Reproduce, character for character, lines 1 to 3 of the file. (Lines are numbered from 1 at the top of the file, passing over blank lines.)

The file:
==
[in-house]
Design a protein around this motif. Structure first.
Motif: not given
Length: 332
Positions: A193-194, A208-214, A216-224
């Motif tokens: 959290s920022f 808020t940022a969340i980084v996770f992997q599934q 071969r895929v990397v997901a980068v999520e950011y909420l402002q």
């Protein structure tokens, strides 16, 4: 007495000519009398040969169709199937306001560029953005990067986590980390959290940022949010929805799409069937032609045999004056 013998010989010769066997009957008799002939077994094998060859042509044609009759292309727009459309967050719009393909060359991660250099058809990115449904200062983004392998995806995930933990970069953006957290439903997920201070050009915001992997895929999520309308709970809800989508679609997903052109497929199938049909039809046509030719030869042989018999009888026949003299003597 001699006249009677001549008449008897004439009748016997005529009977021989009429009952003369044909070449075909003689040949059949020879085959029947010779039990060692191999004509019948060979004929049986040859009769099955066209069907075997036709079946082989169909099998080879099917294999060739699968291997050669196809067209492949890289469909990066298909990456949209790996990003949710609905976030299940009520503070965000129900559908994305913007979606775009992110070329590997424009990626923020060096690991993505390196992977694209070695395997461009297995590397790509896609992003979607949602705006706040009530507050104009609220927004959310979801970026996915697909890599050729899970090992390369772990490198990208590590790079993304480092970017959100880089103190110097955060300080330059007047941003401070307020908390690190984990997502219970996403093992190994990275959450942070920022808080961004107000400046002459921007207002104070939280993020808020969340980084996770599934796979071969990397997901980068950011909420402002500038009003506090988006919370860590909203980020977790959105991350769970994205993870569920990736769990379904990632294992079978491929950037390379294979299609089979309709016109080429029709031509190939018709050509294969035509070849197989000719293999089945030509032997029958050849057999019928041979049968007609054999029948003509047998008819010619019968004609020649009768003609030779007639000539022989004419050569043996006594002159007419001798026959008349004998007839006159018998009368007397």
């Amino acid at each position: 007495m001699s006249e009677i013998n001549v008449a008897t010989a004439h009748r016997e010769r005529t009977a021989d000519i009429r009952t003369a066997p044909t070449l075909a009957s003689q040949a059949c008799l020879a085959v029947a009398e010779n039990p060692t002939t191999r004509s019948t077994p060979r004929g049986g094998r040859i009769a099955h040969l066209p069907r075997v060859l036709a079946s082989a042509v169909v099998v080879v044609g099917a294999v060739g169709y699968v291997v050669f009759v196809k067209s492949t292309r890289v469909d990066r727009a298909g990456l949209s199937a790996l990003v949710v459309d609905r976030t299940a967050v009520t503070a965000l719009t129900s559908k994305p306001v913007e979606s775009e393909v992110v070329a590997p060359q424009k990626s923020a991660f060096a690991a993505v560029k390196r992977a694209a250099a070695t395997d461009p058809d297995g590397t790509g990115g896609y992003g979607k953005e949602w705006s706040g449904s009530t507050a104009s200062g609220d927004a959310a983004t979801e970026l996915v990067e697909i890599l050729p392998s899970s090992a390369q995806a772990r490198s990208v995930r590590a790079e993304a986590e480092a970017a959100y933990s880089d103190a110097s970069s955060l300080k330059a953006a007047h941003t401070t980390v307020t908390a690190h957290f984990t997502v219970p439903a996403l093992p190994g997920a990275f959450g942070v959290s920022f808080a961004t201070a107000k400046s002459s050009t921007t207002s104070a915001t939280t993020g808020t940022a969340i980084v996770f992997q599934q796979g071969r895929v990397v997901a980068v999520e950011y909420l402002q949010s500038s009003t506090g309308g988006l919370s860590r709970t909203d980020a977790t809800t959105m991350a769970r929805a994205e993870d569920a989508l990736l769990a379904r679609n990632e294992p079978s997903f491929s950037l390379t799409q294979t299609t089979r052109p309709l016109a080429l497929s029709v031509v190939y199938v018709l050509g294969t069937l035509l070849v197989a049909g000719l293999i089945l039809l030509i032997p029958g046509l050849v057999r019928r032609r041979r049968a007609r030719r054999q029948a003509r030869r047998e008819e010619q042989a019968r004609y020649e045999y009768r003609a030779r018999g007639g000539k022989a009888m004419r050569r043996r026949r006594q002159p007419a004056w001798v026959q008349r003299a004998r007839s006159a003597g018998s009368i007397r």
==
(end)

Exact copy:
[in-house]
Design a protein around this motif. Structure first.
Motif: not given